The present invention provides a graded thickness optical element for use in a wide variety of applications, including those mentioned above and many others. It is contemplated that the graded thickness optical element of the present invention may function as a mirror, a lens or both, depending on the application. In a preferred embodiment, the graded thickness optical element includes one or more layers, each having a thickness that is graded laterally across the optical element. For micro-lens applications, the refractive index of selected layers may be substantially the same. For micro-mirror applications, the refractive index of selected layers may be different from adjacent layers. Methods for forming the graded thickness optical element are also contemplated. In a preferred embodiment, the graded thickness optical element is formed by depositing one or more layers of the optical element through an aperture that is spaced above a receiving substrate, wherein the deposited graded thickness optical element extends laterally beyond the aperture, in at least one region.
FIG. 1 is a cross-sectional side view of an illustrative graded thickness optical element in accordance with the present invention;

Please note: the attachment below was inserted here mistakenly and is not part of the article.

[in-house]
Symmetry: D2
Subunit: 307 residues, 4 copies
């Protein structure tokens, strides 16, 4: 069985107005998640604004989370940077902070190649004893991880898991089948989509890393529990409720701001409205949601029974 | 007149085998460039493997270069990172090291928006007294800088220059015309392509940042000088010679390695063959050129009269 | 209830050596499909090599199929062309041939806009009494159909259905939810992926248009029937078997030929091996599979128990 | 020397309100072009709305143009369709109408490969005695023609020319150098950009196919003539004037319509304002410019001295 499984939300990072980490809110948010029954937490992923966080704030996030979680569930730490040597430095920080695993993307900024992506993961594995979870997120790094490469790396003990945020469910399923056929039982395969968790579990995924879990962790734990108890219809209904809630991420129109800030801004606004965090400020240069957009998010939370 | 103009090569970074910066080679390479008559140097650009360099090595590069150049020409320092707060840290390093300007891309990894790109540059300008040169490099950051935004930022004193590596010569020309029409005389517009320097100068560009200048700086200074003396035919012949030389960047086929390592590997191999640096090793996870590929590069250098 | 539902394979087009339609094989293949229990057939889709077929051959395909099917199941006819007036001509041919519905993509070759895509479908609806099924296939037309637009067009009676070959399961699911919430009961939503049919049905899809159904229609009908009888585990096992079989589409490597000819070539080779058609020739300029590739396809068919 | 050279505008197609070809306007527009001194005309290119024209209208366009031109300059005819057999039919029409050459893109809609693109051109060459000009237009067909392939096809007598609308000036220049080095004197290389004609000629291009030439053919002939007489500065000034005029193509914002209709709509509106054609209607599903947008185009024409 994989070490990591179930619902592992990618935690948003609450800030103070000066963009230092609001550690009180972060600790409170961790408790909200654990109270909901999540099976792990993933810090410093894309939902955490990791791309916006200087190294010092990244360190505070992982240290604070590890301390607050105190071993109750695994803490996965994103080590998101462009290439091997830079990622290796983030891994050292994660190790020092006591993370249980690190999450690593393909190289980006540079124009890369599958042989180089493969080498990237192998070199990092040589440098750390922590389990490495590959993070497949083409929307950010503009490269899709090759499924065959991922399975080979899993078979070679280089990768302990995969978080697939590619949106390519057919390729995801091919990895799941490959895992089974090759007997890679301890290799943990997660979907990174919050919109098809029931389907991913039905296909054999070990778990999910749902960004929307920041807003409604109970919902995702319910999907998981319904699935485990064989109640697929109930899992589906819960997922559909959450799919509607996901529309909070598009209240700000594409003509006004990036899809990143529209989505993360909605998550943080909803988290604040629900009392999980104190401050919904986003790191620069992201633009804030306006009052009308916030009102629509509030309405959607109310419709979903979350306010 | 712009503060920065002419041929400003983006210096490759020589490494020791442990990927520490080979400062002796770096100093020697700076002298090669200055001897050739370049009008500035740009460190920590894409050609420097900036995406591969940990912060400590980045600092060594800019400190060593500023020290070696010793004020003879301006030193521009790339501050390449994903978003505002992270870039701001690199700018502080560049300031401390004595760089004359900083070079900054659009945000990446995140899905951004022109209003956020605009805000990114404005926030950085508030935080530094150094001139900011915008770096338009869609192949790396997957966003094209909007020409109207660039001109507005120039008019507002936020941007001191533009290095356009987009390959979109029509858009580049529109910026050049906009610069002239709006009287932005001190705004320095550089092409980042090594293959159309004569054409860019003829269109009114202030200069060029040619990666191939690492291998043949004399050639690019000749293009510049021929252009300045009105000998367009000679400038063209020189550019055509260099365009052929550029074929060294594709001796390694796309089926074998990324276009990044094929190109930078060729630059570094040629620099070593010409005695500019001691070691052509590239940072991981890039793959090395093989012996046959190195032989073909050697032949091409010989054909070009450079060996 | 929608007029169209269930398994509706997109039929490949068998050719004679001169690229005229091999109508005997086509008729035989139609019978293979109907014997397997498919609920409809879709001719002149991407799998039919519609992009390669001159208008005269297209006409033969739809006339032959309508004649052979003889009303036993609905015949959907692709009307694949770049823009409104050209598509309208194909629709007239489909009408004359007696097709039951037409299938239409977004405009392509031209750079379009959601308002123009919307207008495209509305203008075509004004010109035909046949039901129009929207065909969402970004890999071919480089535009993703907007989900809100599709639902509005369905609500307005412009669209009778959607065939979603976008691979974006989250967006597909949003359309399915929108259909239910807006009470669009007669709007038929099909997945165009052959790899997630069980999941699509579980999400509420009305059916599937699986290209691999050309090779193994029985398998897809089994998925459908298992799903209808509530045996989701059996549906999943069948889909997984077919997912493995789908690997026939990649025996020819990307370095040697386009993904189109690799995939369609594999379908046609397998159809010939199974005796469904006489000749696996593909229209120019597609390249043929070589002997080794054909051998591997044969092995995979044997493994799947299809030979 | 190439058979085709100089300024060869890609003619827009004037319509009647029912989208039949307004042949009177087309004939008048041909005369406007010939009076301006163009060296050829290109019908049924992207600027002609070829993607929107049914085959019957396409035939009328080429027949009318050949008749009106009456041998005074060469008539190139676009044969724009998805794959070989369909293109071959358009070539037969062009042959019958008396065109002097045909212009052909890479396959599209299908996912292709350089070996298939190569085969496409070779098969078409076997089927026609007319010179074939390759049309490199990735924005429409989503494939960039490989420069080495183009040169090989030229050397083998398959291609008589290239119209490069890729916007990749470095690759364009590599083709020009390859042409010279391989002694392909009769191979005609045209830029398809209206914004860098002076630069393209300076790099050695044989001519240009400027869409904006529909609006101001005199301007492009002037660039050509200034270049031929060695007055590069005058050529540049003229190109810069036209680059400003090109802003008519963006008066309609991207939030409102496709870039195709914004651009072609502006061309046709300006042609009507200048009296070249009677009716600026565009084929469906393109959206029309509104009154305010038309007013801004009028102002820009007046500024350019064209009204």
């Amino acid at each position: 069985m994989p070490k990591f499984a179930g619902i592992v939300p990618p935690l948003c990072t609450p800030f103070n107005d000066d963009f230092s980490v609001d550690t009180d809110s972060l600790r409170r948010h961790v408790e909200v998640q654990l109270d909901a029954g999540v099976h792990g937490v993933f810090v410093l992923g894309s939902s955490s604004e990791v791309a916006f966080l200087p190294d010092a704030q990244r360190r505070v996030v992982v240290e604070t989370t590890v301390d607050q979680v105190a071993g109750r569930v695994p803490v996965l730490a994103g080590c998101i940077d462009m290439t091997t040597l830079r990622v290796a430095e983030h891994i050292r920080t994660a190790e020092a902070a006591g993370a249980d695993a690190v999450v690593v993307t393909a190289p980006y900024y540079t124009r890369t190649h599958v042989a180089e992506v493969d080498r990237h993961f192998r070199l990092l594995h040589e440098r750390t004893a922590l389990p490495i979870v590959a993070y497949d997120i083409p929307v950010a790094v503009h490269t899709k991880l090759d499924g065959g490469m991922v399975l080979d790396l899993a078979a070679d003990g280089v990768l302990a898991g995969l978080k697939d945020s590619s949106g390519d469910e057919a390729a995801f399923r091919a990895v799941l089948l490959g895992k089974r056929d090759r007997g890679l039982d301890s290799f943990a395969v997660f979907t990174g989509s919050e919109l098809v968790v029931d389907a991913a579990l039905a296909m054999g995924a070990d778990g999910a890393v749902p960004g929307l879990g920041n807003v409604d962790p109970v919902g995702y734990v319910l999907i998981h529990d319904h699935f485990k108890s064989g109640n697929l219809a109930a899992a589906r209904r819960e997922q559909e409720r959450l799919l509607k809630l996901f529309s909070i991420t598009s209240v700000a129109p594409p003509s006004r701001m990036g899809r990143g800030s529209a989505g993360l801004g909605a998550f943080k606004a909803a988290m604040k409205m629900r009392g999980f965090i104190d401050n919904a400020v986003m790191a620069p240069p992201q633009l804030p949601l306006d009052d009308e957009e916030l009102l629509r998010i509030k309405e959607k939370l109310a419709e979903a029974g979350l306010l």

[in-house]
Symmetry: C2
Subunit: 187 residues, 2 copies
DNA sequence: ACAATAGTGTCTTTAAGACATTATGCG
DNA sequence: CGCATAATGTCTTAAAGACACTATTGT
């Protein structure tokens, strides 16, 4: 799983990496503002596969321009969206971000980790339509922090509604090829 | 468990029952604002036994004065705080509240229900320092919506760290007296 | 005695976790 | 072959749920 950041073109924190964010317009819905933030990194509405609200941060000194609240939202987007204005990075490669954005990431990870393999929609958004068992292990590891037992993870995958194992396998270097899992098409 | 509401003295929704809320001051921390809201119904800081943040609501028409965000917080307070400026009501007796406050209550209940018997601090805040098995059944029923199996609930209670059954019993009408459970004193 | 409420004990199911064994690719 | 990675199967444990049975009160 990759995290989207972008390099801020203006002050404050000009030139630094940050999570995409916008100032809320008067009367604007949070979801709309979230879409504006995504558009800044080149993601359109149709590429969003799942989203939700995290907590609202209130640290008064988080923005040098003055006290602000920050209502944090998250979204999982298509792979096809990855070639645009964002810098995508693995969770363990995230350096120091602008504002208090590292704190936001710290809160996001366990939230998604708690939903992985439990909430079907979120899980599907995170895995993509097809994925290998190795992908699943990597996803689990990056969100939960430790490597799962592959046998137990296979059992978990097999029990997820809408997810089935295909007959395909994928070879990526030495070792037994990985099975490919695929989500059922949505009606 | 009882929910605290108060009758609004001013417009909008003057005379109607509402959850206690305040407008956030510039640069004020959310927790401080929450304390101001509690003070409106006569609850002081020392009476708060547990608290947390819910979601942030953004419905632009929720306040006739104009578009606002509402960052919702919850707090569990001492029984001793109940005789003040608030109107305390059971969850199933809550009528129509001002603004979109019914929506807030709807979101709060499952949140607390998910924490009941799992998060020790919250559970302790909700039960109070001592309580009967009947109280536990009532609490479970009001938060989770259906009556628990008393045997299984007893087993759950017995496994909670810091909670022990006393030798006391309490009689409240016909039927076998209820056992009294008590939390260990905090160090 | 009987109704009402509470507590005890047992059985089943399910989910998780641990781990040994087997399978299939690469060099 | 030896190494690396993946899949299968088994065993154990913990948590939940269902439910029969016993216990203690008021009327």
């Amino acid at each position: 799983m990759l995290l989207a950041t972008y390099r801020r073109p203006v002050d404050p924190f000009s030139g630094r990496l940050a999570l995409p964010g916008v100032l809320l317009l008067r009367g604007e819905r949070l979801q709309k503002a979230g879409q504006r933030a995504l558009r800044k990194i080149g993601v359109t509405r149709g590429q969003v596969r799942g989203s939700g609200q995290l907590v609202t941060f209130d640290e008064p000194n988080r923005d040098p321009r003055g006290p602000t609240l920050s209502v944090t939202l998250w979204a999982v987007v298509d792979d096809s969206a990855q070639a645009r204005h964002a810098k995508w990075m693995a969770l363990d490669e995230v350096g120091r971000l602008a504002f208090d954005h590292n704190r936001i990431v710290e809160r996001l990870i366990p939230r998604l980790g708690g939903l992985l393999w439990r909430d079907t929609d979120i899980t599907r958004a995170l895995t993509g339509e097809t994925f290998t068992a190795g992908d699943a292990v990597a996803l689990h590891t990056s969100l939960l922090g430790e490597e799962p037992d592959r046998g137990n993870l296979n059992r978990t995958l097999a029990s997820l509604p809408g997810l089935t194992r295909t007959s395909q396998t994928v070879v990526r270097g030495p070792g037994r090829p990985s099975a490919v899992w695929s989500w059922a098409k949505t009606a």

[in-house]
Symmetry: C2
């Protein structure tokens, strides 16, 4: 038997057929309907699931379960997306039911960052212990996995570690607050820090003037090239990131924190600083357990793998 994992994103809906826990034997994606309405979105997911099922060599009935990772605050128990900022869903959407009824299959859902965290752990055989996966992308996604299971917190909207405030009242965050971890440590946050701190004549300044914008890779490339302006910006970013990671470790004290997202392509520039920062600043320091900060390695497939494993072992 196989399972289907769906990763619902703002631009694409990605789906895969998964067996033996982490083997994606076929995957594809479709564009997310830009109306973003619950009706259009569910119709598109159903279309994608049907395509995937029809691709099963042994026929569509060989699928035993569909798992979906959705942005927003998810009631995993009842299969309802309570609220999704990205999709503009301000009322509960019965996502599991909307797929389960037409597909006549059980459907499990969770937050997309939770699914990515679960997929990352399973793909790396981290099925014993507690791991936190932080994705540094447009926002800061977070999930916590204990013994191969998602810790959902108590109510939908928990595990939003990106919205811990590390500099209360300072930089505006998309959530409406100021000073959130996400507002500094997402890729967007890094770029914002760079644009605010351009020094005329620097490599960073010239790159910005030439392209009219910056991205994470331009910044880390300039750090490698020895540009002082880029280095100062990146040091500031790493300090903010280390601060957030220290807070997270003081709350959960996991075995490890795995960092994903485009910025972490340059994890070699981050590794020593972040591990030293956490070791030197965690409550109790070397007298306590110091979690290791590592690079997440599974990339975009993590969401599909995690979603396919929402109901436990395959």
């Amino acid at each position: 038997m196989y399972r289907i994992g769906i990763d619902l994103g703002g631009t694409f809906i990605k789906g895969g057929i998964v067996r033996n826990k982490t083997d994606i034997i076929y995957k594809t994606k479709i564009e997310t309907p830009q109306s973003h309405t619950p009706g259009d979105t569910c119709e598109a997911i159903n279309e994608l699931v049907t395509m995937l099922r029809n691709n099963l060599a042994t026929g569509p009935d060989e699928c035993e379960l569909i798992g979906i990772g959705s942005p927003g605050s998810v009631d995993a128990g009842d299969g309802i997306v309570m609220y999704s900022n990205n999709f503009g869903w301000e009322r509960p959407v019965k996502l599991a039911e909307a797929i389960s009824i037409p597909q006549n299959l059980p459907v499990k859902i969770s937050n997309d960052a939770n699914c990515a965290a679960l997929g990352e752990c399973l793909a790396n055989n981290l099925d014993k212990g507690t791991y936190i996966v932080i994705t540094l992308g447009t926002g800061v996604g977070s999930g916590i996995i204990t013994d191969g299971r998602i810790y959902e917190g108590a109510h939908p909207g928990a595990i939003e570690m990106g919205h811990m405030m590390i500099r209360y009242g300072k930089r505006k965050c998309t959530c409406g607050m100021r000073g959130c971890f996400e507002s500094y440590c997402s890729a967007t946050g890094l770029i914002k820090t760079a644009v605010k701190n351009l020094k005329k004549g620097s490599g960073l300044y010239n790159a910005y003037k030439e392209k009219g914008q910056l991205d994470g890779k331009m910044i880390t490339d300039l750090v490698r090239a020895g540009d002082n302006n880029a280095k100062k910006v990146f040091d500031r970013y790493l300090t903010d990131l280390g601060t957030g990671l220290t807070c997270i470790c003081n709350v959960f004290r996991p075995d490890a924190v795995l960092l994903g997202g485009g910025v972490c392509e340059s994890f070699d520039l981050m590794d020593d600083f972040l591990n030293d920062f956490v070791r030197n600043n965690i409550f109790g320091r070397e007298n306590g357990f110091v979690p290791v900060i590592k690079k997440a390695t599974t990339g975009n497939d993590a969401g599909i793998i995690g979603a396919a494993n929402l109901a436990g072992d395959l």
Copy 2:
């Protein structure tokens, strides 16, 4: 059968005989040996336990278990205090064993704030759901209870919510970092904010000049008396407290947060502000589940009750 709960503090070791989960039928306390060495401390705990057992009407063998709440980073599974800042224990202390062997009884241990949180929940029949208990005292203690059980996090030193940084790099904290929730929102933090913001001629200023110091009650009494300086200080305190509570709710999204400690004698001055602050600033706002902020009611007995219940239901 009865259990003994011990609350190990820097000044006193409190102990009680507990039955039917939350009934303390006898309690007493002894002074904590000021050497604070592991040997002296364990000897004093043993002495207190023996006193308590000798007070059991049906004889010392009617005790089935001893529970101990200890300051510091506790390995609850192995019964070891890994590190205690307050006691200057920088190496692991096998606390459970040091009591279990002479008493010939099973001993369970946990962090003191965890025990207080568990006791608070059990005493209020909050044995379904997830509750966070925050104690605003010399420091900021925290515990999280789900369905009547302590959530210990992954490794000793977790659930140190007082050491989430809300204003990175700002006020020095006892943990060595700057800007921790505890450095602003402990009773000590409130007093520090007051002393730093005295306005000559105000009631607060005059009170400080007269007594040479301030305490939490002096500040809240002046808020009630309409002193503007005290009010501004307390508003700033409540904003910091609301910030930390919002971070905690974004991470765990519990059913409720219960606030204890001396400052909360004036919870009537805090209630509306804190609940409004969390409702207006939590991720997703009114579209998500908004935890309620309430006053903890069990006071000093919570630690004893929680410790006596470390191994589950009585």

FIGS. 2A-2H are schematic diagrams showing an illustrative method of manufacture a graded thickness optical element in accordance with the present invention;
FIG. 3 is a cross-sectional side view of an illustrative graded thickness optical element that is used in conjunction with an electro-optical device; and
DETAILED DESCRIPTION OF THE INVENTION
FIG. 4 is a cross-sectional side view of an illustrative graded thickness optical element at an advanced stage of manufacture in accordance with the present invention.
The following description should be read with reference to the drawings wherein like reference numerals indicate like elements throughout the several drawings. The detailed description and drawings are only illustrative of the present invention, and are not intended to be limiting.
FIG. 1 is a cross-sectional side view of an illustrative graded thickness optical element 110 in accordance with the present invention. Optical element 110 includes an optical layer stack generally shown at 112. Optical layer stack 112 includes individual layers 114 a-g. Layers 114 a-g each having an edge region generally shown at 116, and a center region generally shown at 118. Preferably, at least some of the individual layers 114 a-g are thicker in the center region 118 than in the edge region 116, and have a generally curved upper surface, as shown. Optical layer stack 112 may be generally circular, if desired, but this is not required.